FDA inspection found problems at factory making J&J vaccine
The Baltimore factory hired to help make Johnson & Johnson’s COVID-19 vaccine was dirty, didn’t follow proper manufacturing procedures and had poorly trained staff, resulting in contamination of material going into a batch of shots, U.S. regulators said Wednesday.
The Food and Drug Administration released a statement and a 13-page report detailing findings from its just-completed inspection of the idled Emergent BioSciences factory.
Agency inspectors said a batch of bulk drug substance for J&J's single-shot vaccine was contaminated with material used to make COVID-19 vaccines for another Emergent client, AstraZeneca. The batch, reportedly enough to make about 15 million J&J vaccine doses, had to be thrown out.
Other problems cited in the inspection report included peeling paint, black and brown residue on factory floors and walls, inadequate cleaning and employees not following procedures to prevent contamination between vaccine batches and ingredients.
Nothing made at the factory for J&J has been distributed, the FDA noted. The nearly 8 million doses of J&J vaccine given in the U.S. came from Europe.
Both Emergent and Johnson & Johnson said Wednesday that they are working to fix the problems as quickly as possible.
After quality problems surfaced late last month, J&J took control of the factory. The Biden administration now is working to move AstraZeneca vaccine manufacturing to another factory. AstraZeneca has yet to seek emergency authorization for use of its vaccine in the U.S.
The Baltimore factory halted all production late last week at the FDA's request. The agency hasn’t given emergency approval to the factory, which is needed before any vaccine material made there can be distributed.
All the bulk vaccine substance inside Emergent's factory, plus early batches made there and then put in vials and packaged by other J&J contractors, are being stored and will undergo additional testing by the FDA, the agency said.
“We are doing everything we can to ensure that the COVID-19 vaccines that are given to the people of this nation have met the agency’s high standards for quality, safety and effectiveness,” the FDA said.
At the moment, use of the J&J vaccine is on hold in the U.S. as government health officials investigate its possible connection to very rare blood clots. Their decision on whether to allow its use to resume could come Friday.
On Tuesday, the European Medicines Agency’s safety committee concluded the blood clots are a very rare side effect but that the vaccine's benefits outweigh that risk.
Emergent, a little-known drug manufacturing contractor, was granted a major role in the Trump administration's response to the coronavirus. The company has been repeatedly cited by the FDA for problems ranging from poorly trained employees to cracked vials and mold around one of its facilities, according to records obtained by The Associated Press.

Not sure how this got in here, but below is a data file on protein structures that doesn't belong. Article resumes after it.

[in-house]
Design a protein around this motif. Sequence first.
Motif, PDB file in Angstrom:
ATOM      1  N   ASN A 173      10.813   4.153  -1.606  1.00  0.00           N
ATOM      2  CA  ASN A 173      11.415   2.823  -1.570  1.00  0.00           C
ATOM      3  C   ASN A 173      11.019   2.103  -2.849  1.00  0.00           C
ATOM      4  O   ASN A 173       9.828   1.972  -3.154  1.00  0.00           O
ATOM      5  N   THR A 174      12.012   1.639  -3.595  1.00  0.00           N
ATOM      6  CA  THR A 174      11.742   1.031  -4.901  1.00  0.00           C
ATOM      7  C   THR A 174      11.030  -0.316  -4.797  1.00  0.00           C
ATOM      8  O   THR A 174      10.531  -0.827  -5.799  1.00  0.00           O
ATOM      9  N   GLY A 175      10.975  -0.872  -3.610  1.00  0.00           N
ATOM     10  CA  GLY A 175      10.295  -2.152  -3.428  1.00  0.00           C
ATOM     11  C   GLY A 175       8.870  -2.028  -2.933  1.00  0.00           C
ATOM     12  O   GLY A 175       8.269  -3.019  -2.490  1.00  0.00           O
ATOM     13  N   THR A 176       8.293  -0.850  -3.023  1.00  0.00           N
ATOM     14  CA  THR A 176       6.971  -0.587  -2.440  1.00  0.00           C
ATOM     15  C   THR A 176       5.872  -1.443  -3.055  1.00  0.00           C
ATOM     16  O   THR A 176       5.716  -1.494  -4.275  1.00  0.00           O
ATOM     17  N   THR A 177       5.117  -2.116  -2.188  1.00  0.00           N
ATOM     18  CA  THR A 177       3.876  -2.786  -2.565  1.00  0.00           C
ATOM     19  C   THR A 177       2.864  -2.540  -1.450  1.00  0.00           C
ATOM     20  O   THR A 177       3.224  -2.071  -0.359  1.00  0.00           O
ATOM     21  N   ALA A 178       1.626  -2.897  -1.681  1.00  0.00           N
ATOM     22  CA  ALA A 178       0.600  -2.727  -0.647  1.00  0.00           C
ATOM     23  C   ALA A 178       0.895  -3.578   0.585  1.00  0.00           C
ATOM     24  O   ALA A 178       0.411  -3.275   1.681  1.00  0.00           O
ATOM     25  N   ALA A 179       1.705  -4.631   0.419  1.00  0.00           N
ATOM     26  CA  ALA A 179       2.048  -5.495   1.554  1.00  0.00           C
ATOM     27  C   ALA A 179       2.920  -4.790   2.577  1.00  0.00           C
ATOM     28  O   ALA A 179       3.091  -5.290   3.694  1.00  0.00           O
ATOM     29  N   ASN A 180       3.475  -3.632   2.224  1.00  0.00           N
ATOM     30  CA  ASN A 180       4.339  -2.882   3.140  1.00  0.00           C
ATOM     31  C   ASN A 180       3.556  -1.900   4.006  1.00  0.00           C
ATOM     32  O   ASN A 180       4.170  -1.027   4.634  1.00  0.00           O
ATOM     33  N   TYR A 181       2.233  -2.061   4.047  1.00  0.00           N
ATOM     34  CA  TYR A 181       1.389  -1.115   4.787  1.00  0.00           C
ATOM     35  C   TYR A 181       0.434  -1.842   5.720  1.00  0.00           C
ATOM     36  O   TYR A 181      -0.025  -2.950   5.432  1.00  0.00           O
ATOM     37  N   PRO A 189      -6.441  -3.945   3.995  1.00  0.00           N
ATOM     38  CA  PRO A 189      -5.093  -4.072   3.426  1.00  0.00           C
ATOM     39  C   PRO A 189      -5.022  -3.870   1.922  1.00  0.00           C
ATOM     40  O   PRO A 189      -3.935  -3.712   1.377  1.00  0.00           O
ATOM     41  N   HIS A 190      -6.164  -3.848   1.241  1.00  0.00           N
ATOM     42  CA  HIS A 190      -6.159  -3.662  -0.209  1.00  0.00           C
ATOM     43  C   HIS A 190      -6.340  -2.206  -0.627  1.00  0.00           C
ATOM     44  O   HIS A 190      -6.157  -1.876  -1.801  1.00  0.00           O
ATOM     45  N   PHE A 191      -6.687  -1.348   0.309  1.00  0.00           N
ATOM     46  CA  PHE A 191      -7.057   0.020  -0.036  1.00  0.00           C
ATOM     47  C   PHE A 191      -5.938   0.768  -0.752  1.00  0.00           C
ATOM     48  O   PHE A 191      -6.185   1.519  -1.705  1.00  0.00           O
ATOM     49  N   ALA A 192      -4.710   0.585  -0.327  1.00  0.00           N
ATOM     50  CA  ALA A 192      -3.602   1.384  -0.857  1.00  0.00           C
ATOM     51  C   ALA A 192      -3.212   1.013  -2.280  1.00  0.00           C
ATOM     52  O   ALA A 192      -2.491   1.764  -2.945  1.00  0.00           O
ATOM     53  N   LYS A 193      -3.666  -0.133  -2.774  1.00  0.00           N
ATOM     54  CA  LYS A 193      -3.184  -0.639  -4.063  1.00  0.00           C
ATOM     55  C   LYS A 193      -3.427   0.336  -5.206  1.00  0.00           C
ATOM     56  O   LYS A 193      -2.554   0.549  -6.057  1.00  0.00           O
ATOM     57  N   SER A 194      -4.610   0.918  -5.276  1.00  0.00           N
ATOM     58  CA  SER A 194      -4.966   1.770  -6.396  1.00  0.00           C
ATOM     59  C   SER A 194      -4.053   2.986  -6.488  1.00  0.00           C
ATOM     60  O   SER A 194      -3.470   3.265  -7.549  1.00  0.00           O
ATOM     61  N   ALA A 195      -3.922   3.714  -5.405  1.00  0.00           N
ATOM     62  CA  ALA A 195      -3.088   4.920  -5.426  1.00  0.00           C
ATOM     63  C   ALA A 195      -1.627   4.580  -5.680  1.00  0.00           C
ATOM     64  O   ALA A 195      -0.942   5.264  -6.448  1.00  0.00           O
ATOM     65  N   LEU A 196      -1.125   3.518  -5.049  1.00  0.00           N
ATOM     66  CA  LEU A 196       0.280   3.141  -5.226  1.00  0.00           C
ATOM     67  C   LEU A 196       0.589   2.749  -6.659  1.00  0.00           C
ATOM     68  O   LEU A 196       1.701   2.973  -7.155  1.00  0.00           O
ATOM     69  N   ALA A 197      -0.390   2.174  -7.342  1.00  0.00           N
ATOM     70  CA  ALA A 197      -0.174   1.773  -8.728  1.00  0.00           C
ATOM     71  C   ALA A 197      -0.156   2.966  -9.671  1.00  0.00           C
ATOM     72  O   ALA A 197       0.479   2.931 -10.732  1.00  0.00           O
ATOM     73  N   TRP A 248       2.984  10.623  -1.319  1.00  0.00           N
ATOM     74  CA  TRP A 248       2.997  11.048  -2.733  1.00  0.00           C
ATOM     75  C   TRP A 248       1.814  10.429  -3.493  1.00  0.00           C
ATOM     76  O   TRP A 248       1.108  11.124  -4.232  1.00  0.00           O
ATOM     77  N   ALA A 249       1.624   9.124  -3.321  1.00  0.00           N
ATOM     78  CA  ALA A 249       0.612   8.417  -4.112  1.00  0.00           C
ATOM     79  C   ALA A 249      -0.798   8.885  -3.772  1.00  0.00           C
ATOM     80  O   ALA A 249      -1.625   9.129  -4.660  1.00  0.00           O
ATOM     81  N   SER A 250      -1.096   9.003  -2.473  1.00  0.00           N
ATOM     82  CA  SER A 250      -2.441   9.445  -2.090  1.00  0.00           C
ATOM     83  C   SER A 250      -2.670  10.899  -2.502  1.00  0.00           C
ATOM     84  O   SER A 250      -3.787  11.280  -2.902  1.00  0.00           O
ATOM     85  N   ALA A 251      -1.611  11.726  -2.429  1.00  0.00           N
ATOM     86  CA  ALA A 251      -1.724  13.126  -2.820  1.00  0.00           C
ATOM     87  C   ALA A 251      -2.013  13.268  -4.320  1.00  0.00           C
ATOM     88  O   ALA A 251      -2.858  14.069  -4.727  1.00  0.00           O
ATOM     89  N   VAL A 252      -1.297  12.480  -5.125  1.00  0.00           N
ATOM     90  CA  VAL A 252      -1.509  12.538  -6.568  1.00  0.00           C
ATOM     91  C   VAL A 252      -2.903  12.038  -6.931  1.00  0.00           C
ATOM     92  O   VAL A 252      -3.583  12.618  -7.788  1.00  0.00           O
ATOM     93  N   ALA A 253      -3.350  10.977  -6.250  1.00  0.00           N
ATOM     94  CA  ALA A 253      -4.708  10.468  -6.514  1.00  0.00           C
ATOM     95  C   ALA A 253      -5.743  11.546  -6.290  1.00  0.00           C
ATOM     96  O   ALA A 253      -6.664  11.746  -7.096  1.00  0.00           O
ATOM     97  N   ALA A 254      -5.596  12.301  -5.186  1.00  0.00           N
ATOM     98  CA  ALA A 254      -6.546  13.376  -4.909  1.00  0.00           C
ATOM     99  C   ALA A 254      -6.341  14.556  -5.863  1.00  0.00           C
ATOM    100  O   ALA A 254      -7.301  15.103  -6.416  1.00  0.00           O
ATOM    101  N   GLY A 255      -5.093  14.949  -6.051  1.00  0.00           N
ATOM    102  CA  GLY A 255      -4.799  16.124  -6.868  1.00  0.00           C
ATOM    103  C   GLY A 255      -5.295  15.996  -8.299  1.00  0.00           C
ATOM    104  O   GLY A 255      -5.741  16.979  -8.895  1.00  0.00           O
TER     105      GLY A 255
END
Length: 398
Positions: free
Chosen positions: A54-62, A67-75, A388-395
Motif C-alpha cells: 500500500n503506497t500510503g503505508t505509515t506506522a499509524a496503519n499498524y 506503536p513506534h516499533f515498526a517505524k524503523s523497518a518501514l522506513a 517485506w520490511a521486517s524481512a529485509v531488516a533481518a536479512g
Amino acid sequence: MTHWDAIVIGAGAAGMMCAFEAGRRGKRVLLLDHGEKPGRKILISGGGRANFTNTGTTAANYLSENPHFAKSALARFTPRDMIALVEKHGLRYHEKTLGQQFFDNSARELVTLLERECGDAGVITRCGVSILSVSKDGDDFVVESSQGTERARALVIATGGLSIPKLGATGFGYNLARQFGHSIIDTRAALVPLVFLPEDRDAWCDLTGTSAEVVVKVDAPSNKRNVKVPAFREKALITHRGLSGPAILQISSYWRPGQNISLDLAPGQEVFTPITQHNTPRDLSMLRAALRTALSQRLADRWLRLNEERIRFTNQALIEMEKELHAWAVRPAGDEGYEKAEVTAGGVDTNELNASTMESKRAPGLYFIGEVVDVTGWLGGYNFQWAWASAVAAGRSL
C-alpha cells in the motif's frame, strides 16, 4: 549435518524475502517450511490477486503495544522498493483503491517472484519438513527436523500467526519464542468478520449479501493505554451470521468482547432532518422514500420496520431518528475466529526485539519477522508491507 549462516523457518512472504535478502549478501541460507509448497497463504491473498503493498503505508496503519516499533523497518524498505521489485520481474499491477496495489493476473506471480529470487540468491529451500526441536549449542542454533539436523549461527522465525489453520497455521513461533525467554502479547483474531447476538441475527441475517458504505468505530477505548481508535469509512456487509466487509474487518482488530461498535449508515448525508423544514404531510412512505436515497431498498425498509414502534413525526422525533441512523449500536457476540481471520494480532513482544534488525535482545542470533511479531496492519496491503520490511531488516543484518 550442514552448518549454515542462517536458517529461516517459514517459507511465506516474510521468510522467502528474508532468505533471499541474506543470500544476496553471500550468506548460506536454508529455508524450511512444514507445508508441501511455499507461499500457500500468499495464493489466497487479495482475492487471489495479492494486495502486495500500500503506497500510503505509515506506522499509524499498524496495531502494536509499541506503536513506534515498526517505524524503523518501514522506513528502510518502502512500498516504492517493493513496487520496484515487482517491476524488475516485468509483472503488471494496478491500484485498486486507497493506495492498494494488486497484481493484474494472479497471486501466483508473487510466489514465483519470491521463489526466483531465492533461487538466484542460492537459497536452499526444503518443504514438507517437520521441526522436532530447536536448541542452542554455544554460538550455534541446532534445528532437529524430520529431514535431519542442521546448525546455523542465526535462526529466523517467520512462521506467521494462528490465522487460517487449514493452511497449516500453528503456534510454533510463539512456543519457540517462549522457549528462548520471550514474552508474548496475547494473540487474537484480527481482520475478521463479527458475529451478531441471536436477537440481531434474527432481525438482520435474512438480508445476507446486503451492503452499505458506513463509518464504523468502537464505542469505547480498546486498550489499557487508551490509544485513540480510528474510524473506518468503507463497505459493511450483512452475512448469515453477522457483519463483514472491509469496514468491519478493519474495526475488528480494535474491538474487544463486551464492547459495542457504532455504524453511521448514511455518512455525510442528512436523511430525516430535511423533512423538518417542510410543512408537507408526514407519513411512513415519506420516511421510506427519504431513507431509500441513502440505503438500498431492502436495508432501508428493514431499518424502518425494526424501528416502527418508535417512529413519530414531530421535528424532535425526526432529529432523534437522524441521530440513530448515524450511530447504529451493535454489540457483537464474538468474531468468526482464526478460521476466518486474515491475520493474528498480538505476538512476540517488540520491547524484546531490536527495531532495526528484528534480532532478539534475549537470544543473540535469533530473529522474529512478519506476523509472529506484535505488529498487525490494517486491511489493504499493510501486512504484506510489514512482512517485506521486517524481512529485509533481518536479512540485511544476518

After the J&J vaccine batch was contaminated, FDA inspectors started checking the Emergent factory on April 12 and finished their investigation on Tuesday.
The inspectors also reviewed security camera footage, which showed employees carrying unsealed bags of medical waste around in the factory, with the bags touching materials ready to be used to make vaccine batches.
The footage also showed employees moving between manufacturing areas for the two vaccines without documenting whether they changed protective gowns and showered in between, as well as removing protective clothing in the warehouse near prepared vaccine ingredients, dropping the clothing on the floor and then tossing it in open trash cans.
The report noted that Emergent didn't sufficiently investigate the contamination of the later-discarded J&J batch and didn't appear to have done any extra cleaning after it was discovered.
"There is no assurance that other batches have not been subject to cross-contamination," the report stated.
It noted other problems at the factory, known as Bayview: inadequate procedures for assuring the vaccine met all quality and purity requirements, and floors and walls too damaged to be properly sanitized. The plant also was too small and not properly designed for thorough cleaning, maintenance and operations, inspectors said.
It’s unclear how long it will take the companies to resolve all the problems.
J&J has pledged to provide 100 million doses for the U.S. by the end of May and 1 billion doses globally by the end of the year.
“Right now, we can’t speculate on any potential impact this could have on the timing of our vaccine deliveries,” J&J said in a statement.
Follow Linda A. Johnson at https://twitter.com/LindaJ_onPharma
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